Bee Predators: Mites, Beetles and …Woodpeckers?
By Camilla Bee, Editor
I’ve had many low days in beekeeping—like my annual March discovery of how many hives didn’t overwinter, spotting a swarm (probably “my” bees) near my apiary but impossible to retrieve, and finding wax moth damage in a hive that before my vacation was seemingly going strong. That mess of worms and webs was almost more than I could stomach.
When I saw these pictures, they made me pause and reflect on my apiary issues. Thank goodness this wasn’t one of my hives.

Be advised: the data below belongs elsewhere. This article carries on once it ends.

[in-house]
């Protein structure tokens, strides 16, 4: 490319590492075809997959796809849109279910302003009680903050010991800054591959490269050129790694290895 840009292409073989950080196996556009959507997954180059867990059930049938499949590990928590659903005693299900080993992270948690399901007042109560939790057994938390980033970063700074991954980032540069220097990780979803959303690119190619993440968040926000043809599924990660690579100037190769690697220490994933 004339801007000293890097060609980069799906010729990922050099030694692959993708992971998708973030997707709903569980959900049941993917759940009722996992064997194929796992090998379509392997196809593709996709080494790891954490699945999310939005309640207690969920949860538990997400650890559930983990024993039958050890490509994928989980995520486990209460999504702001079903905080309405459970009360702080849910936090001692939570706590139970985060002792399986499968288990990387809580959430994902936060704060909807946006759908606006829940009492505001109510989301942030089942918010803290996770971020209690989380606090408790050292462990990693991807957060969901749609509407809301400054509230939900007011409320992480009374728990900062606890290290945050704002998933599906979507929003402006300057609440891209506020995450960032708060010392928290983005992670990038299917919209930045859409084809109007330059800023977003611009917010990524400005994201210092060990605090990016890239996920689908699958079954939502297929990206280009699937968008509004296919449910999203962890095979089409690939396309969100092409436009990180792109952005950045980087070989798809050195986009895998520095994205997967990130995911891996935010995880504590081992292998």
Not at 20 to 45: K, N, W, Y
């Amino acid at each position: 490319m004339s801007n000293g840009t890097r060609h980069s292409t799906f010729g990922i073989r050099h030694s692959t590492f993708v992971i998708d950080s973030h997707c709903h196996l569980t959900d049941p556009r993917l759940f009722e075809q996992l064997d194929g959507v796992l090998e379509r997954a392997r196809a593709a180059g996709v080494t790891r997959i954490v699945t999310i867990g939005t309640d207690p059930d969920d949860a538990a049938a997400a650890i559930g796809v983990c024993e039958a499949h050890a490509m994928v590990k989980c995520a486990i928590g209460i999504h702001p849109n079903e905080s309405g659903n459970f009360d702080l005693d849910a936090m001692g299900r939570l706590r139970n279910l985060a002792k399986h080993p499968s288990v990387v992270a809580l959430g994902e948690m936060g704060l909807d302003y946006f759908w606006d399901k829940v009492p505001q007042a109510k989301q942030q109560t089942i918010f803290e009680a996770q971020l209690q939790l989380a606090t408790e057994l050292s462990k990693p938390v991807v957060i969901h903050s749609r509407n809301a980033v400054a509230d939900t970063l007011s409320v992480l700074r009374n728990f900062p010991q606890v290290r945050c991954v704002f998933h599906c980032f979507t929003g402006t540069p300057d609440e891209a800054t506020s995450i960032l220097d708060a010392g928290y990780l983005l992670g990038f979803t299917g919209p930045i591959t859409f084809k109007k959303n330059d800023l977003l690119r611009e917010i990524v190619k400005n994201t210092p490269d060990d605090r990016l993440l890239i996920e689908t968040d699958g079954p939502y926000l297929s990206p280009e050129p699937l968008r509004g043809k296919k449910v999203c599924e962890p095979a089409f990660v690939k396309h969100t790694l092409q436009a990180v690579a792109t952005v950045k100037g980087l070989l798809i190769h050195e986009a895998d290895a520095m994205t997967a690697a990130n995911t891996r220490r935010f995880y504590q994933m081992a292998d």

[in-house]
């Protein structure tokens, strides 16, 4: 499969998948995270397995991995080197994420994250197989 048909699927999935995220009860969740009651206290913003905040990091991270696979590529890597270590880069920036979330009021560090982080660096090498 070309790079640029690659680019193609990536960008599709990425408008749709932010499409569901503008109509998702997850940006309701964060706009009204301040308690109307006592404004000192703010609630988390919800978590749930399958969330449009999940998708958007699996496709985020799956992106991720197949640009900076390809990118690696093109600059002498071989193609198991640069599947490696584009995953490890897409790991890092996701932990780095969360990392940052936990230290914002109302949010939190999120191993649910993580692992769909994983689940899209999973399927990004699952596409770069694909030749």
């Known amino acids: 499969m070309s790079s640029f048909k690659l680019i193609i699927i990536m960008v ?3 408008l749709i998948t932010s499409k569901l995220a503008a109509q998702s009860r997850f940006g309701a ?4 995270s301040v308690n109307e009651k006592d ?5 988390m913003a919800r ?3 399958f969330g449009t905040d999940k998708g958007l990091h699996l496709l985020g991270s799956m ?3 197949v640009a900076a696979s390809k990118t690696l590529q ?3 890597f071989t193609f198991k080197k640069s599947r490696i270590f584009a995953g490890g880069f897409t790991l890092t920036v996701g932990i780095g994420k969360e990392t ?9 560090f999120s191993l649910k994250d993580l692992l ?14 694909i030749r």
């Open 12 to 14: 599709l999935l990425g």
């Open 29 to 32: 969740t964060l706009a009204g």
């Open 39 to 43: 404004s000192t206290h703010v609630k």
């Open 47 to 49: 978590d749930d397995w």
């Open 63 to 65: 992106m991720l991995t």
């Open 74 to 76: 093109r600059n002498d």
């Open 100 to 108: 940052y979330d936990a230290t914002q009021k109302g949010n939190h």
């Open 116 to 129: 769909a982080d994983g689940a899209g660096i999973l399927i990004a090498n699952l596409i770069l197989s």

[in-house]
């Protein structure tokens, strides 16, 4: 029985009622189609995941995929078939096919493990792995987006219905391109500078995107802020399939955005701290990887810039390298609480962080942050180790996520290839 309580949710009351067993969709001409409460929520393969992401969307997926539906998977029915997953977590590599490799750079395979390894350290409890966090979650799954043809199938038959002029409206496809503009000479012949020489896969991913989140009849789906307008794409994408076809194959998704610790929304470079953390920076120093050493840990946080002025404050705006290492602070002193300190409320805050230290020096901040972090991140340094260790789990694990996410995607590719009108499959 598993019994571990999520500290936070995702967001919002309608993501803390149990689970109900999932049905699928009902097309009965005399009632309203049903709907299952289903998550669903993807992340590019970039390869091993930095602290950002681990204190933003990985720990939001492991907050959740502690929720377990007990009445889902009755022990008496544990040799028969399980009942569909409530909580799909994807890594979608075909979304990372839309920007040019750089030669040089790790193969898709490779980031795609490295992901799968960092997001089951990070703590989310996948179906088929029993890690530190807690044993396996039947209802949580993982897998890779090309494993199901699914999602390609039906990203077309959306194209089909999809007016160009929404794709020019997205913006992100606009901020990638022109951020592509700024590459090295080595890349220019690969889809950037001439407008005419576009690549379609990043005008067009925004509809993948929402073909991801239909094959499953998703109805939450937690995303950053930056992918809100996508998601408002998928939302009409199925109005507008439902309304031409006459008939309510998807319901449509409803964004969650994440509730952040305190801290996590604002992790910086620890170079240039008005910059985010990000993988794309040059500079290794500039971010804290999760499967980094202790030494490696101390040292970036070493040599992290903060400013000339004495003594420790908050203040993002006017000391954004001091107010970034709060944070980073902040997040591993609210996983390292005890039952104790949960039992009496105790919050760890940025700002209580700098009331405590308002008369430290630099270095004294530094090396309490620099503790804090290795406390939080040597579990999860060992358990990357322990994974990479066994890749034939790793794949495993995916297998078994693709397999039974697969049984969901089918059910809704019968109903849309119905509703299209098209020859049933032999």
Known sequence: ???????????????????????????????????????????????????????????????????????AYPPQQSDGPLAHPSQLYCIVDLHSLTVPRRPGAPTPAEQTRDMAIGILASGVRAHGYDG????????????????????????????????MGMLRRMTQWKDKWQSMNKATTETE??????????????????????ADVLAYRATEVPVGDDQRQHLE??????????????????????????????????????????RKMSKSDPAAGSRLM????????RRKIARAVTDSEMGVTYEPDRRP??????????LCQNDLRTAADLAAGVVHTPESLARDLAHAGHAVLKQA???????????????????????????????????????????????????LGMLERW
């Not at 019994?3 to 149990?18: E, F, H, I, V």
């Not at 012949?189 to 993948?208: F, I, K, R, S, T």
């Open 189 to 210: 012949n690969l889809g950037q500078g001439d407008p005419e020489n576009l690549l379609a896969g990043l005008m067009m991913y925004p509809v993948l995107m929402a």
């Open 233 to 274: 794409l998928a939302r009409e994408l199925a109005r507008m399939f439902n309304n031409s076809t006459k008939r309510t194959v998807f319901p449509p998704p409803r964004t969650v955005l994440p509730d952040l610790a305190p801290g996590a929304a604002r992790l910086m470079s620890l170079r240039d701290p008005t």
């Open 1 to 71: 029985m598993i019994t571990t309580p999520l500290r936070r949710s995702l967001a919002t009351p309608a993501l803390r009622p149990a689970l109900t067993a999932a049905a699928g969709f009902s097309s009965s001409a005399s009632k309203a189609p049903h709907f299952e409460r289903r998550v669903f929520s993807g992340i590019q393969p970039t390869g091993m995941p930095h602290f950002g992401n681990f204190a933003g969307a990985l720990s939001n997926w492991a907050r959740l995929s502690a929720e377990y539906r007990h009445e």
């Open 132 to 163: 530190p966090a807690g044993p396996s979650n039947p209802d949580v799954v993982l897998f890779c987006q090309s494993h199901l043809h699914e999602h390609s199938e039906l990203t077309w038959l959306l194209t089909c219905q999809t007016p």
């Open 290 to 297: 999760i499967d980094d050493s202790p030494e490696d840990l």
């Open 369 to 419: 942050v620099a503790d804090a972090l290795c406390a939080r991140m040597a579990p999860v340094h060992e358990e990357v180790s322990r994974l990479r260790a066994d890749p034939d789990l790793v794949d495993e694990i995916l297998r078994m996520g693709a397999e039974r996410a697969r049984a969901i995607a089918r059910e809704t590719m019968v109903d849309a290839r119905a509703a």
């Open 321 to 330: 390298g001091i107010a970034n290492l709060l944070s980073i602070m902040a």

Thanks to Jim Dunn for this reminder that no matter what disasters we find in our bee yards, it most likely can always be worse.
For this unlucky beekeeper, perhaps the silver lining was that he had less of a mess to deal with thanks to these opportunistic woodpeckers.
Jim’s beekeeping buddy Tony had hives in an outyard on a farm. Tony got a call from the farmer, who had spotted two redheaded woodpeckers tearing up a hive.
After investigating, Jim and Tony speculate that the birds were after wax worms; the bees had already gone. There were four hives originally in the outyard. Two were lost to a downed tree and the other two had absconded for unknown reasons.